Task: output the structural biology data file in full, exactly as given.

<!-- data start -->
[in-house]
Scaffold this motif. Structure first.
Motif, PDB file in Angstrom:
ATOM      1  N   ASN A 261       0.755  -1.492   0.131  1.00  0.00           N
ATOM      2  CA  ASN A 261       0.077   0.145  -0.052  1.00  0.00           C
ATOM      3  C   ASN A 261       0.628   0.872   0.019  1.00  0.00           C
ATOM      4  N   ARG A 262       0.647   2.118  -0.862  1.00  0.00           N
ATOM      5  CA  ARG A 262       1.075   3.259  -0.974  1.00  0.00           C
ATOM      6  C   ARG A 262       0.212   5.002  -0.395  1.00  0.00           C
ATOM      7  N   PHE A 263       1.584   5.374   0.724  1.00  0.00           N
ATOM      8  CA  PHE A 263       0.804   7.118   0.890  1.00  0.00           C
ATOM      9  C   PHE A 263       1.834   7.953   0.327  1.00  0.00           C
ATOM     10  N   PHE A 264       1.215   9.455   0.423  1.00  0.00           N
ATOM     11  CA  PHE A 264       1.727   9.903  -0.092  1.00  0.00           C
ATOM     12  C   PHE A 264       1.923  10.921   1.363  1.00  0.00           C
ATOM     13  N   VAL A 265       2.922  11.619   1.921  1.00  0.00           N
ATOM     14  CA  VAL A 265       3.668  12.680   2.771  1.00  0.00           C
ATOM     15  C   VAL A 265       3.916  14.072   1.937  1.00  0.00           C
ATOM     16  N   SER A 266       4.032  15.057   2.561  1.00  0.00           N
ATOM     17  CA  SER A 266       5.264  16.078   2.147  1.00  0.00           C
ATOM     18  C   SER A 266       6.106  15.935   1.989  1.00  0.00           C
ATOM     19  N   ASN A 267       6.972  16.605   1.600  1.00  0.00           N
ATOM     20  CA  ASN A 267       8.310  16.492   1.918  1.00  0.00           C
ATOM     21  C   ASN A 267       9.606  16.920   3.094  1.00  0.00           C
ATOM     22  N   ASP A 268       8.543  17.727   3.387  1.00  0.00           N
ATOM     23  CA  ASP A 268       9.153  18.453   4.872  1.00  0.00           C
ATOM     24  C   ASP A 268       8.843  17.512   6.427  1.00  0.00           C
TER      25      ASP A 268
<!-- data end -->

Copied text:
[in-house]
Scaffold this motif. Structure first.
Motif, PDB file in Angstrom:
ATOM      1  N   ASN A 261       0.755  -1.492   0.131  1.00  0.00           N
ATOM      2  CA  ASN A 261       0.077   0.145  -0.052  1.00  0.00           C
ATOM      3  C   ASN A 261       0.628   0.872   0.019  1.00  0.00           C
ATOM      4  N   ARG A 262       0.647   2.118  -0.862  1.00  0.00           N
ATOM      5  CA  ARG A 262       1.075   3.259  -0.974  1.00  0.00           C
ATOM      6  C   ARG A 262       0.212   5.002  -0.395  1.00  0.00           C
ATOM      7  N   PHE A 263       1.584   5.374   0.724  1.00  0.00           N
ATOM      8  CA  PHE A 263       0.804   7.118   0.890  1.00  0.00           C
ATOM      9  C   PHE A 263       1.834   7.953   0.327  1.00  0.00           C
ATOM     10  N   PHE A 264       1.215   9.455   0.423  1.00  0.00           N
ATOM     11  CA  PHE A 264       1.727   9.903  -0.092  1.00  0.00           C
ATOM     12  C   PHE A 264       1.923  10.921   1.363  1.00  0.00           C
ATOM     13  N   VAL A 265       2.922  11.619   1.921  1.00  0.00           N
ATOM     14  CA  VAL A 265       3.668  12.680   2.771  1.00  0.00           C
ATOM     15  C   VAL A 265       3.916  14.072   1.937  1.00  0.00           C
ATOM     16  N   SER A 266       4.032  15.057   2.561  1.00  0.00           N
ATOM     17  CA  SER A 266       5.264  16.078   2.147  1.00  0.00           C
ATOM     18  C   SER A 266       6.106  15.935   1.989  1.00  0.00           C
ATOM     19  N   ASN A 267       6.972  16.605   1.600  1.00  0.00           N
ATOM     20  CA  ASN A 267       8.310  16.492   1.918  1.00  0.00           C
ATOM     21  C   ASN A 267       9.606  16.920   3.094  1.00  0.00           C
ATOM     22  N   ASP A 268       8.543  17.727   3.387  1.00  0.00           N
ATOM     23  CA  ASP A 268       9.153  18.453   4.872  1.00  0.00           C
ATOM     24  C   ASP A 268       8.843  17.512   6.427  1.00  0.00           C
TER      25      ASP A 268